Thursday, 23 August 2012

Greek PM begs EU for permission to ease collective punishment

The sight of Greek Prime Minister Antonis Samaras begging for permission to give some relief to the Greek people from the EU's punishing - and ultimately doomed to failure - austerity measures should be setting off alarm bells all over Europe.

Merk-heil, Merk-heil ...
In his speech to the Greek Parliament he set out plans for reducing Greek debt, accelerating the privatisation of state-owned utilities and services and the accelerated sale of state-owned property.  Tax and spend in Greece is controlled by a group of unelected economists answerable to the EU Commission, EU Central Bank and IMF so Samaras is effectively just reading from a script with the possible exception of the begging to be allowed to scale back some of the collective punishment being meted out at the Greek people.

I say possible exception because it's quite likely that the EU/ECB/IMF appointed bureaucrats just can't balance the books with the EU-imposed austerity measures they're forced to work with and with Samaras being nothing more than a sock puppet, have used him to ask their bosses for a bit of relief.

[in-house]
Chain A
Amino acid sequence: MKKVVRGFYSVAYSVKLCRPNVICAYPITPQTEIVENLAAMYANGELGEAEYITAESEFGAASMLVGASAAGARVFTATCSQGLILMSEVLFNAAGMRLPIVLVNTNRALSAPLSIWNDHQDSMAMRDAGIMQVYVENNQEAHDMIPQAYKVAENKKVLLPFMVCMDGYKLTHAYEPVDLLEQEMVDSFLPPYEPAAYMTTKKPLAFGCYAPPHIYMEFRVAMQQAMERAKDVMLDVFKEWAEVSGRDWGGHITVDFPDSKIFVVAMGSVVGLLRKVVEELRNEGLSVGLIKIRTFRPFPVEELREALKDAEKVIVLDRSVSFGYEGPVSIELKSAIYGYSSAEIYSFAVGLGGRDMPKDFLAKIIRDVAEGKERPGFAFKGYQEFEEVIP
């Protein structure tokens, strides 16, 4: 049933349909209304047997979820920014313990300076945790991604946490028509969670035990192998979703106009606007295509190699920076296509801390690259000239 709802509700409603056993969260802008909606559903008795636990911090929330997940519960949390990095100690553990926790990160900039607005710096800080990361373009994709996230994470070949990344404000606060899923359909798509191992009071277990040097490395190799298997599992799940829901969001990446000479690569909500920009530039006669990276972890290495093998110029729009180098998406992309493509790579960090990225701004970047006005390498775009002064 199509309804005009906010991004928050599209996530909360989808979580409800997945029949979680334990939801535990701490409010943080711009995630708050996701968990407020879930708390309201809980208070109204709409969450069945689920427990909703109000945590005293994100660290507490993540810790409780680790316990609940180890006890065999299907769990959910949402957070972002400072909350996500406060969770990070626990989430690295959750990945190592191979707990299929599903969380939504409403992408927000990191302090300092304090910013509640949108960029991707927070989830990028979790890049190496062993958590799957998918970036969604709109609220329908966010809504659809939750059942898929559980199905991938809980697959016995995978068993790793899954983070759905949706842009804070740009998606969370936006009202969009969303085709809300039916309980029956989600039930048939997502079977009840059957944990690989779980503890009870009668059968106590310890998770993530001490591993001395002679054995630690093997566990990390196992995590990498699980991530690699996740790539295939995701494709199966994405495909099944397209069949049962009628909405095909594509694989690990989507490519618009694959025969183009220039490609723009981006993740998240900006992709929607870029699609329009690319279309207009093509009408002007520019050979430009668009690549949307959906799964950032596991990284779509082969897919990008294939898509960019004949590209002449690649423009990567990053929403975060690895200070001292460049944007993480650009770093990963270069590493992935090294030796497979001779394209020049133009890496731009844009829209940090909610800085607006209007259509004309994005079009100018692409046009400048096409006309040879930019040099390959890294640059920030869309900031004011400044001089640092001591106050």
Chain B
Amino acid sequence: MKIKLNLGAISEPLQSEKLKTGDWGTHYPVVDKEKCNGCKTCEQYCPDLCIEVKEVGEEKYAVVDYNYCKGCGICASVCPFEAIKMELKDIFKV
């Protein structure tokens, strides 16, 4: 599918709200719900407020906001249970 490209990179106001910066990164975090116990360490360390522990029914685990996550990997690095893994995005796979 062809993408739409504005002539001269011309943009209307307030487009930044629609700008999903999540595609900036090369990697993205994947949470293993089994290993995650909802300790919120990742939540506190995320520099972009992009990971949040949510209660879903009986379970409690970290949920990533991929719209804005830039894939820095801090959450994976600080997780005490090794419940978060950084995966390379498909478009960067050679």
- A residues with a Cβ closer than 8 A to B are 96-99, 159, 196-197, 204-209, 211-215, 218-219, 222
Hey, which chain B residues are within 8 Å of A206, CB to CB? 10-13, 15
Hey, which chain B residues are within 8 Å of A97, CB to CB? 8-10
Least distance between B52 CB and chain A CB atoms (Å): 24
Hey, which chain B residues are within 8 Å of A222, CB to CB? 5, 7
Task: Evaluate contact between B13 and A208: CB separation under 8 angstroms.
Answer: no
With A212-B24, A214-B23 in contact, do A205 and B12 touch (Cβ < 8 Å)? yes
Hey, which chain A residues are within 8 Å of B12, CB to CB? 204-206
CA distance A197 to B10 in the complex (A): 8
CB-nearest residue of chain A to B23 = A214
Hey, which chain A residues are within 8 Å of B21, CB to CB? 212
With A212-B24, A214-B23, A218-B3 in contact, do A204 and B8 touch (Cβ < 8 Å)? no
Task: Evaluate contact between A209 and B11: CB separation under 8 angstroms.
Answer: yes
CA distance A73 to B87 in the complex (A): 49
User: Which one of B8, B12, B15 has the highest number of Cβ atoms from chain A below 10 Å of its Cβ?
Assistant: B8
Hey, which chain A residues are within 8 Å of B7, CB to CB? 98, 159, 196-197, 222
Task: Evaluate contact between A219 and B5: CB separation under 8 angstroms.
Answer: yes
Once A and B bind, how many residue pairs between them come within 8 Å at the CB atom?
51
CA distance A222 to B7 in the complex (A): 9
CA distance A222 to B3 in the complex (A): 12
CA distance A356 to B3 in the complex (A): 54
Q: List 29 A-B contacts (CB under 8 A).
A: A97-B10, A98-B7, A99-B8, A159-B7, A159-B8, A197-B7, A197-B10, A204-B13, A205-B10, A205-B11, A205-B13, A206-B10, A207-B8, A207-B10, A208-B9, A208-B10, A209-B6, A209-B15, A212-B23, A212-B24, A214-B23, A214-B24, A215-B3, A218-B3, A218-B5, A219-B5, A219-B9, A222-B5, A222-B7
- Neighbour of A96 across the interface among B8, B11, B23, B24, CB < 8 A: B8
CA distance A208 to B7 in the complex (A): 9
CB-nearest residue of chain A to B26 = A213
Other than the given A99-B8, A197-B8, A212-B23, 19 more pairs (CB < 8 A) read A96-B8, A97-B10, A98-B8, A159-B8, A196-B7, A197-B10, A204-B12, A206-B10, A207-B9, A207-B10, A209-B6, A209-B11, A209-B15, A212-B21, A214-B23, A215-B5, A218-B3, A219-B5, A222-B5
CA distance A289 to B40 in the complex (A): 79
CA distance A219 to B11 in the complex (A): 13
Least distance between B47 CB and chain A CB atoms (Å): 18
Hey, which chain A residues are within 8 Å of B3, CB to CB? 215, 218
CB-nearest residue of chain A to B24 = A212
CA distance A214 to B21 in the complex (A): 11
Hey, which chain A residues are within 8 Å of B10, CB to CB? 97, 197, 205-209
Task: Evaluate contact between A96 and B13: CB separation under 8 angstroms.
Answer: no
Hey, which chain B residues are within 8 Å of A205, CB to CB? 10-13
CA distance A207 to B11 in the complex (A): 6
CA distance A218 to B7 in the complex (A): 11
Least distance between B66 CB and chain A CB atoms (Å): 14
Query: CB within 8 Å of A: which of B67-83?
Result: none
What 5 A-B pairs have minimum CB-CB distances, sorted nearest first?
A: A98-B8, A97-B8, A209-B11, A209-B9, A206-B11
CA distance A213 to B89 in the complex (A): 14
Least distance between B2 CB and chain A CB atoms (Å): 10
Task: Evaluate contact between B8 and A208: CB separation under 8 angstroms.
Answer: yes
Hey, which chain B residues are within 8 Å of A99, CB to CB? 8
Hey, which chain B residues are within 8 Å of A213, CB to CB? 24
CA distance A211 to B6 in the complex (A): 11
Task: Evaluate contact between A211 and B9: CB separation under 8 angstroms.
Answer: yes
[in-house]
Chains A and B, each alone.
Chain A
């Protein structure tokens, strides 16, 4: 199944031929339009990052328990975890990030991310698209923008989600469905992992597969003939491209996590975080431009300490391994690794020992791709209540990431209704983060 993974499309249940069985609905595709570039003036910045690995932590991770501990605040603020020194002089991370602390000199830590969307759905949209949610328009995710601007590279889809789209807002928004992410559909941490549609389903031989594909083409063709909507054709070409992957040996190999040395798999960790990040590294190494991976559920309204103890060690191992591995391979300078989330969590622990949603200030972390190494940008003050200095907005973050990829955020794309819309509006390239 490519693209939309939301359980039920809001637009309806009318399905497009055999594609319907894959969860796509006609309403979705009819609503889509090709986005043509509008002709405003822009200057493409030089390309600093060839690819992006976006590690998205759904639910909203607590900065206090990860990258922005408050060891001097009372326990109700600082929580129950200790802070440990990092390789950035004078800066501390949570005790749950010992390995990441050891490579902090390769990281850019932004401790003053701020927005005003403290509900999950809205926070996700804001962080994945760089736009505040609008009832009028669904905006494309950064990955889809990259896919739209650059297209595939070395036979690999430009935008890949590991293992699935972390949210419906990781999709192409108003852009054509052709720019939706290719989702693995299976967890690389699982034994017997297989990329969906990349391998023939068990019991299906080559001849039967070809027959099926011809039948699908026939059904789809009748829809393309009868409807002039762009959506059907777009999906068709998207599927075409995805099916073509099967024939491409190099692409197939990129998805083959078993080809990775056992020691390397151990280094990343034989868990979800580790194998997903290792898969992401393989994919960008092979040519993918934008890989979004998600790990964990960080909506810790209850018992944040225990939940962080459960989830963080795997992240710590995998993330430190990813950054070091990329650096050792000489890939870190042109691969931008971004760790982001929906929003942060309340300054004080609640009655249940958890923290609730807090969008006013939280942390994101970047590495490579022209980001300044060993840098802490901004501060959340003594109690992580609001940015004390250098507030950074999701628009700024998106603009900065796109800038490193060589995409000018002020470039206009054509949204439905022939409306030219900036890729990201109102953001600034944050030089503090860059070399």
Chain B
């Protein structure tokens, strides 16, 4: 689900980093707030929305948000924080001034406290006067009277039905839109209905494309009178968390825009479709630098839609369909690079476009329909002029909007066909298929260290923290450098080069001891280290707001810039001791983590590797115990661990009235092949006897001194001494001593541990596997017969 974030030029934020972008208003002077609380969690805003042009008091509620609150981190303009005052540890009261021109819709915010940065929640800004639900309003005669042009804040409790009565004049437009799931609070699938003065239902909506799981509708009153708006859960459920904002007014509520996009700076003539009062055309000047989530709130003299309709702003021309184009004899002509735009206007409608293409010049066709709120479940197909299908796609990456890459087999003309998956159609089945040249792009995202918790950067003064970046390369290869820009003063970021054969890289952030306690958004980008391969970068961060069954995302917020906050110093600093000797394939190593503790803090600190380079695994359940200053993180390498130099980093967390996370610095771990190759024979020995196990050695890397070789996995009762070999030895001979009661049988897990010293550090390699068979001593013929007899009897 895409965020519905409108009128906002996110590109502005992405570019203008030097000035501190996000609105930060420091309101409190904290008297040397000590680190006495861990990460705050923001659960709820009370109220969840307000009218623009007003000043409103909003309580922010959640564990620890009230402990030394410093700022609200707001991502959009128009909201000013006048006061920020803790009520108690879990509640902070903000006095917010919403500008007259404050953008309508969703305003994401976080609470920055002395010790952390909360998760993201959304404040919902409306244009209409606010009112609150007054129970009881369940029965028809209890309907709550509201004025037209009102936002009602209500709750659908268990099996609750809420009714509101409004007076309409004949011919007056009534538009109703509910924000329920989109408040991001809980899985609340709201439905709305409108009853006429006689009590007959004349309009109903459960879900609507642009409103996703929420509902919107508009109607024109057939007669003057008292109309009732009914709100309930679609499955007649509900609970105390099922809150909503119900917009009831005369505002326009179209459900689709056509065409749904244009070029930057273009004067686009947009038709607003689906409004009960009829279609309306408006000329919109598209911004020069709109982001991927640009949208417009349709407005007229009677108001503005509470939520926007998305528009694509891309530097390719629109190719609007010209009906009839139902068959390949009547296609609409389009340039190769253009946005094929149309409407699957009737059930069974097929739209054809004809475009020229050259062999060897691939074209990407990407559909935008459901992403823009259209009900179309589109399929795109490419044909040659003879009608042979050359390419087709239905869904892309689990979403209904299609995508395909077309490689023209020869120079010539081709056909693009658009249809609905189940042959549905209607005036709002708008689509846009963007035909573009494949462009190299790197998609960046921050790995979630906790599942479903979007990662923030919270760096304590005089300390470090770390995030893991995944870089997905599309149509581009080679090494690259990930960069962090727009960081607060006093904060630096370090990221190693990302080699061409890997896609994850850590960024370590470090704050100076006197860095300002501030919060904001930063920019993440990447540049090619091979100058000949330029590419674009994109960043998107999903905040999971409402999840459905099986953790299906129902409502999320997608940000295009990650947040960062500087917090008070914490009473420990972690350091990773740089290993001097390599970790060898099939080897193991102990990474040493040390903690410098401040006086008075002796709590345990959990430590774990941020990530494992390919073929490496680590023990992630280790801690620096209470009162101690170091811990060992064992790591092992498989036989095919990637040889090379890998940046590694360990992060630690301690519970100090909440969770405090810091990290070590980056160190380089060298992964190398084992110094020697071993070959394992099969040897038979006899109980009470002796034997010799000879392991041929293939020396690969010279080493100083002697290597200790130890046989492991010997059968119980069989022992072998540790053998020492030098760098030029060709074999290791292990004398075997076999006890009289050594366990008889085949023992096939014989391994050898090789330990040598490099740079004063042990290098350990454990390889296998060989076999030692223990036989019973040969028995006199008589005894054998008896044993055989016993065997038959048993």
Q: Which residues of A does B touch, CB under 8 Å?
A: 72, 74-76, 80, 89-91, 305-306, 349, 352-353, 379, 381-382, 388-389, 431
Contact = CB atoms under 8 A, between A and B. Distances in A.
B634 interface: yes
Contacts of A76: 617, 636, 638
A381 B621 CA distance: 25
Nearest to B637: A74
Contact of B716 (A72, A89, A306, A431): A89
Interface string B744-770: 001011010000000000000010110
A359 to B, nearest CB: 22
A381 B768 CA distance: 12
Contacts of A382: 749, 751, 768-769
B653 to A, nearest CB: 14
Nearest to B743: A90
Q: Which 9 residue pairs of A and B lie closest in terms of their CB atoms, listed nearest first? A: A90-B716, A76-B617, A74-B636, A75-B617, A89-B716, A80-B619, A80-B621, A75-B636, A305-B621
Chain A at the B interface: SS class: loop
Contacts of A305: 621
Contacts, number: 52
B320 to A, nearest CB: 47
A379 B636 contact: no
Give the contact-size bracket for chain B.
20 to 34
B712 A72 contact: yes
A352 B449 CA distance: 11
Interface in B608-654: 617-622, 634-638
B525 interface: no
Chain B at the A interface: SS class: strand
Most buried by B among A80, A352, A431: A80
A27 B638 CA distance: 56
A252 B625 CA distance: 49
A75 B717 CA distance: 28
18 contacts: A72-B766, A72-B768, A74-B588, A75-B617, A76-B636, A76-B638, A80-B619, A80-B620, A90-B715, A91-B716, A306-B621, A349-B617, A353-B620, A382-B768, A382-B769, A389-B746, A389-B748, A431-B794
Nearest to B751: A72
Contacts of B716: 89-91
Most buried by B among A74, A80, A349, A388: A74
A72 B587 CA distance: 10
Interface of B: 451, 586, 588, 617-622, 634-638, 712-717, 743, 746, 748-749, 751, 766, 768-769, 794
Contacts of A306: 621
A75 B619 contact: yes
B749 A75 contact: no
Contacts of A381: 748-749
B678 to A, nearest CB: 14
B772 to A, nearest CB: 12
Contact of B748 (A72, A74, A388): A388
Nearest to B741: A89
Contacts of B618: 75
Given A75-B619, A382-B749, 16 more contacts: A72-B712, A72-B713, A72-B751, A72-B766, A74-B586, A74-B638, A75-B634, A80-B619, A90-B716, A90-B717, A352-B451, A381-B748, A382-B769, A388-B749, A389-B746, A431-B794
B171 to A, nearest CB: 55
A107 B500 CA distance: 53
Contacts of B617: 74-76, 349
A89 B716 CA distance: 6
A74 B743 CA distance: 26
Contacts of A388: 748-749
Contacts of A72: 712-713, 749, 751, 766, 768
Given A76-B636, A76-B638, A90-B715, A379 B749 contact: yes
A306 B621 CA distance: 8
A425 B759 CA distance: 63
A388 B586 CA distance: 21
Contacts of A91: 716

The elected leader of an EU member state having to beg the EU for permission to help out his citizens should worry other leaders of EU member states more than a little and their people even more so.  The EU staged a coup d'├ętat in Greece (and Italy) in the guise of a friendly bailout and so far they've got away with it.  History has shown that allowing aggressive regimes to get away with taking over weaker neighbours - even with a vichy government helping them - rarely ends well.